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In the past year, as faculty, I have spent 33% of my time on paperwork and bureaucratic activities. This does not include service (committees,department meetings, etc), and is after hiring a full time laboratory manager! It is simply the filling out of forms, arguing to retain and expand my space, a wide variety of mandatory training, and being asked to justify and verify a wide variety of things.

I would like to spend less time interacting with the vast number of middle management at my school, and focus on what I enjoy: research and teaching. However, there always seems to be another 'mandatory' thing. I do not have tenure, so I cannot yet simply tell them to go away. Any suggestions on how to spend less time on bureaucracy?

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    As a note, this is not a guess: I track all my time, this is alongside 23% on teaching and advising, 22% on research, 8% on service, 14% on grantwriting in the April 2018-April 2019 period. I work 46.8 hours a week, on average, for the university. I'm not interested in increasing that number. – Industrademic Apr 16 at 13:44
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    33% is pretty good. How do you do that? – Captain Emacs Apr 16 at 13:56
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    Well, including service (now clarified in my question explicitly) I spent 41%. That indeed seems to be much less than what my tenure-track colleagues spend, and also far more than seems reasonable. For example, I spent more time on writing to justify expenditures, hiring, travel, equipment storage, safety, etc... last month than I did writing and revising papers. – Industrademic Apr 19 at 3:28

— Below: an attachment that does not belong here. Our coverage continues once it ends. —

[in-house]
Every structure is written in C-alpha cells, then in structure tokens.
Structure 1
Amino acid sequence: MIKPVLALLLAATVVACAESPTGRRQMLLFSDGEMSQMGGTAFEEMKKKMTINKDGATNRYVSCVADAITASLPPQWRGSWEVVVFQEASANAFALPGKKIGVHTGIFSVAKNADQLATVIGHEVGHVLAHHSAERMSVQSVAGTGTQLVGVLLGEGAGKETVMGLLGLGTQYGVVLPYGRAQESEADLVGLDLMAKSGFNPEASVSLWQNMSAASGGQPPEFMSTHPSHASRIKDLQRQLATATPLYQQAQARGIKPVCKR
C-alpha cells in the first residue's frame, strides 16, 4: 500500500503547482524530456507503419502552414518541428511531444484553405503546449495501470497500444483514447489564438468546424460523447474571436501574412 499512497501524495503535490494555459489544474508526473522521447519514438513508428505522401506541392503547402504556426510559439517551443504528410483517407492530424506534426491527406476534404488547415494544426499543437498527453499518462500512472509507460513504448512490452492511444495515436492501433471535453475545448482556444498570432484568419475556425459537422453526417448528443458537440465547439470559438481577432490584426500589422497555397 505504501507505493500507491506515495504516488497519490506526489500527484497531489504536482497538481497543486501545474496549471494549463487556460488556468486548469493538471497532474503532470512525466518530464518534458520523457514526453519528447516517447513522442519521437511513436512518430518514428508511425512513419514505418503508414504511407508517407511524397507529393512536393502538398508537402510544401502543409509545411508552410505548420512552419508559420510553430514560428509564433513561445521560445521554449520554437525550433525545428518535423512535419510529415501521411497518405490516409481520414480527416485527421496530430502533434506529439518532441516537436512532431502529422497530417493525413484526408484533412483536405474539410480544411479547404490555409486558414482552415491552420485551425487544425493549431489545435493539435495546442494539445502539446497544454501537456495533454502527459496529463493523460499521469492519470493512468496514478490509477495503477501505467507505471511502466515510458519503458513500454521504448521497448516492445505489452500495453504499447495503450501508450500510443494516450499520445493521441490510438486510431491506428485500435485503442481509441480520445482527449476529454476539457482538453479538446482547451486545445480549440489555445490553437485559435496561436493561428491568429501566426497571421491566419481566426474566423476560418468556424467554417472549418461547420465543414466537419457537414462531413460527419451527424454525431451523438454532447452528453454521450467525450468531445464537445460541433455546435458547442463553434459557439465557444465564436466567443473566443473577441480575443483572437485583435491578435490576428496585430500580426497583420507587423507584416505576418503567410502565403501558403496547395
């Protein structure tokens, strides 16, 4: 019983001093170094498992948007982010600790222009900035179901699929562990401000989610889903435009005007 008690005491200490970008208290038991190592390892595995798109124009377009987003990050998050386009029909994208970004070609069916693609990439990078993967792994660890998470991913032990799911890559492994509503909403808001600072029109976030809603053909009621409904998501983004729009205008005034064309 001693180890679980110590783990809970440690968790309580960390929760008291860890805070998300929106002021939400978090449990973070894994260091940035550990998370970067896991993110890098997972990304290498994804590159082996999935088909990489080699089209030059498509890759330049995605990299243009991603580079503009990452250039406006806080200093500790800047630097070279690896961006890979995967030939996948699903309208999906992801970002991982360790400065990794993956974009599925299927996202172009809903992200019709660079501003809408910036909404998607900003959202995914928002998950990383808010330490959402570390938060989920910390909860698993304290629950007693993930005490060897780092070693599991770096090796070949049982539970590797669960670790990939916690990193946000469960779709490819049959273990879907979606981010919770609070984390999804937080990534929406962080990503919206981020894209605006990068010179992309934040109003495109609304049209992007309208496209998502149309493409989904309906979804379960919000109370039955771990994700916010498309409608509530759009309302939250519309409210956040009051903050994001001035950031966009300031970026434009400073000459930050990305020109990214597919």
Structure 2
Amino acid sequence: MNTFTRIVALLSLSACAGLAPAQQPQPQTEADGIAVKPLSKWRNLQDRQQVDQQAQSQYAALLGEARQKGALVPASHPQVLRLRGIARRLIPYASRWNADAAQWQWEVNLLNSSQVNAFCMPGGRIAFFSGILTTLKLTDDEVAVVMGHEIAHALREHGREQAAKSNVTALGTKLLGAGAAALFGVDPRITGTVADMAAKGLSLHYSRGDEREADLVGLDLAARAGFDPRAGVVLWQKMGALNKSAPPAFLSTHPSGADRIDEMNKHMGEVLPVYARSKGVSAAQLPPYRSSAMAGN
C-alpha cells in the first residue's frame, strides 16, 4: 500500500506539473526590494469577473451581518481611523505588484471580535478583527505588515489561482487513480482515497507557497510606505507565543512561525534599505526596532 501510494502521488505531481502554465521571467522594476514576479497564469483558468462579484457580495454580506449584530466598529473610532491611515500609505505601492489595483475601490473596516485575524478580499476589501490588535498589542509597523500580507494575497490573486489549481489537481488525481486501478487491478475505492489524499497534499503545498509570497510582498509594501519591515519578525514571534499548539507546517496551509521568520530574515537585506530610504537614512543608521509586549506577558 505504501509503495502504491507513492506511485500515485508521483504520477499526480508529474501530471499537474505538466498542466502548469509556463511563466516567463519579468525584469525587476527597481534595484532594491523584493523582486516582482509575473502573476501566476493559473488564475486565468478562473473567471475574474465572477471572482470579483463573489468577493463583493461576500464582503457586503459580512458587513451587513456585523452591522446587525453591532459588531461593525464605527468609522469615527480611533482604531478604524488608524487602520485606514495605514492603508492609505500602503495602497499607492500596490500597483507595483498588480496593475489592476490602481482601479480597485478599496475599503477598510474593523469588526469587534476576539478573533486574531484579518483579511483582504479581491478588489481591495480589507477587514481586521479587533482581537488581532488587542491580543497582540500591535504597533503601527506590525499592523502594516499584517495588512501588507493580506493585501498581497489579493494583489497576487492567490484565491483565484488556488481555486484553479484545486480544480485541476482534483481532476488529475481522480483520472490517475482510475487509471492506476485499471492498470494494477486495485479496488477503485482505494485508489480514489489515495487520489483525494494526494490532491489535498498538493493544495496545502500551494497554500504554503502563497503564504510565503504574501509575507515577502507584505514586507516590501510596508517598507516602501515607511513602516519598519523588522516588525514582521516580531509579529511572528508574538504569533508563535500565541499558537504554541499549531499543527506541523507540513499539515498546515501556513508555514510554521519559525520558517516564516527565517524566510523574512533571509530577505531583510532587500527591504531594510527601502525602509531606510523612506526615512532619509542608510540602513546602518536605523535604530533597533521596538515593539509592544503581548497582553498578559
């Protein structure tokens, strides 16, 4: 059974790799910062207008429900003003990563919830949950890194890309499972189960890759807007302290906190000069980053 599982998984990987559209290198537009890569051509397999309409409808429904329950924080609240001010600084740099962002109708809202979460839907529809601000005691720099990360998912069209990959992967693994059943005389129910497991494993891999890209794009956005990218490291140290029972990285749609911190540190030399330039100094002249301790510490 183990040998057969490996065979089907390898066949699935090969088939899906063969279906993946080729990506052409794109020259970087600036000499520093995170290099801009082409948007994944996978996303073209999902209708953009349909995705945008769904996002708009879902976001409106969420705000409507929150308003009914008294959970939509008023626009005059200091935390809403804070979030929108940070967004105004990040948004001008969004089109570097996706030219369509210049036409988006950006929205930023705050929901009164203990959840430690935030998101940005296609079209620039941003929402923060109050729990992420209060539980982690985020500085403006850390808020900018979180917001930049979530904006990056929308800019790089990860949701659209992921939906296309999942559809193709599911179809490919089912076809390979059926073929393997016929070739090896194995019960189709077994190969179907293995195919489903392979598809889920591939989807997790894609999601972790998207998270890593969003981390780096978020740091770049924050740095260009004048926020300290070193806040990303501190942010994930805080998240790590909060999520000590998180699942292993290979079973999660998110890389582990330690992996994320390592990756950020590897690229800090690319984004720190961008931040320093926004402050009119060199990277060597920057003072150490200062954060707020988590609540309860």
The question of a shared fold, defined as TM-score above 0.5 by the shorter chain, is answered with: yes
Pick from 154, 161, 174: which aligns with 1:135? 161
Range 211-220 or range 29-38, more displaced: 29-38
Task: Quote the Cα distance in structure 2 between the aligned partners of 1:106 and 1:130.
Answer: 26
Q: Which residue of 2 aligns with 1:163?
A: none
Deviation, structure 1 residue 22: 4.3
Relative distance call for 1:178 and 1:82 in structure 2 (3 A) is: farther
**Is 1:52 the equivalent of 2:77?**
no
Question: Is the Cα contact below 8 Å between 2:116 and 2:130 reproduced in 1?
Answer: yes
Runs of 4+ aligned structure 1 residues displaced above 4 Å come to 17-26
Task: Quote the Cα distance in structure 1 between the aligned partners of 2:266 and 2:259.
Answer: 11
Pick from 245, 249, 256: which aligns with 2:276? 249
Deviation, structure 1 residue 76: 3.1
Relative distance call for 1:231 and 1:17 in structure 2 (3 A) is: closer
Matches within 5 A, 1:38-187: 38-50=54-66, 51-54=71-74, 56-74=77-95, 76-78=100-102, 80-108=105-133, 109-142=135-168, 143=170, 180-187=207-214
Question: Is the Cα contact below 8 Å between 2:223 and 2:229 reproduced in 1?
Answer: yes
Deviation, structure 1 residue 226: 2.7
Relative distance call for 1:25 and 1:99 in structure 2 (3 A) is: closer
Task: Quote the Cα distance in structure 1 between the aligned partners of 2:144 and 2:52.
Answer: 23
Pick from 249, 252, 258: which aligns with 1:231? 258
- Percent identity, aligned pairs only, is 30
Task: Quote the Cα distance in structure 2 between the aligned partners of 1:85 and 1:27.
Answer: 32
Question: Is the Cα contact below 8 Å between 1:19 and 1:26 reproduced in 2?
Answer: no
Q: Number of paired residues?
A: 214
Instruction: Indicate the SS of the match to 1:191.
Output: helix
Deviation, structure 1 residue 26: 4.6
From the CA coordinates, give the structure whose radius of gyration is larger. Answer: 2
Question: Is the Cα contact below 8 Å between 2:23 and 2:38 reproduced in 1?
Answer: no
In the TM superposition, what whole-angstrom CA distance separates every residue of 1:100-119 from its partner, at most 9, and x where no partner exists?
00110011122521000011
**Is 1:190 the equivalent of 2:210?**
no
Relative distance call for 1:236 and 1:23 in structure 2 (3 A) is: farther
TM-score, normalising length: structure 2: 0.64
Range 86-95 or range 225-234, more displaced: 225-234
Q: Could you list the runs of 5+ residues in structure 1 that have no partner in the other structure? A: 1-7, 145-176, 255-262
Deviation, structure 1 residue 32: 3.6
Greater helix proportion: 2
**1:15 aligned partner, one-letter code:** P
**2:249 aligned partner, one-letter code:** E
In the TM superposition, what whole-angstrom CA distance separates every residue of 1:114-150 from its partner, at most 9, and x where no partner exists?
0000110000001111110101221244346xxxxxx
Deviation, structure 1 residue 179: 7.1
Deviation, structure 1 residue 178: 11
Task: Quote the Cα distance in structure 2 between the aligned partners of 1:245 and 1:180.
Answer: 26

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    What is your lab manager doing? – Anonymous Physicist Apr 19 at 3:42
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    I do not know whether the US ever had the tradition of secretarial staff for regular faculty — Yes. At least for some tasks in some departments at some universities, we still do. (But I can't imagine asking a staff member to write a letter or a progress report or space request for me; how would they know what to write?) – JeffE Apr 19 at 13:05
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+125

Learn to say "NO" (especially to people that do not decide about your tenure)

It is discussed in length here and here but these are my favourite points:

  • Short and simple answers like "Thanks for coming to me but I’m afraid it’s not convenient/possible right now" or "I’m sorry but I can’t help with this (at the moment)". Don't start to write endless time-eating apologies.
  • Avoid feeling guilty about saying "no".
  • Interrupt the "yes"-cycle using phrases like "I'll get back to you" - you might not hear from them again if it was not that important after all (which is the case for very many things). My ex-boss did this on a master level: we would only answer requests from people lower in the food chain if the requests were already reminders - the original request was ignored straight away. (I personally think that this is a bit over the top but it worked for him (post-tenure)).
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Complicated mess, I guess. As an untenured faculty member you should first analyze what you need to do to get tenure. If the meetings and paper work are getting in the way, you can go to the head/chair of your department and discuss the issue. You may be able to negotiate a temporary release from some duties so that you can focus on what is important right now. Most places it is the research that is most important, but in some, your distribution might even be seen as advantaging you. I can't answer that from this distance, but you probably can.

However, after you obtain tenure, I have two thoughts for you. One is to never volunteer for any bureaucratic task. Never. If your complaint is valid, this may be a way out, even though you can't avoid it all.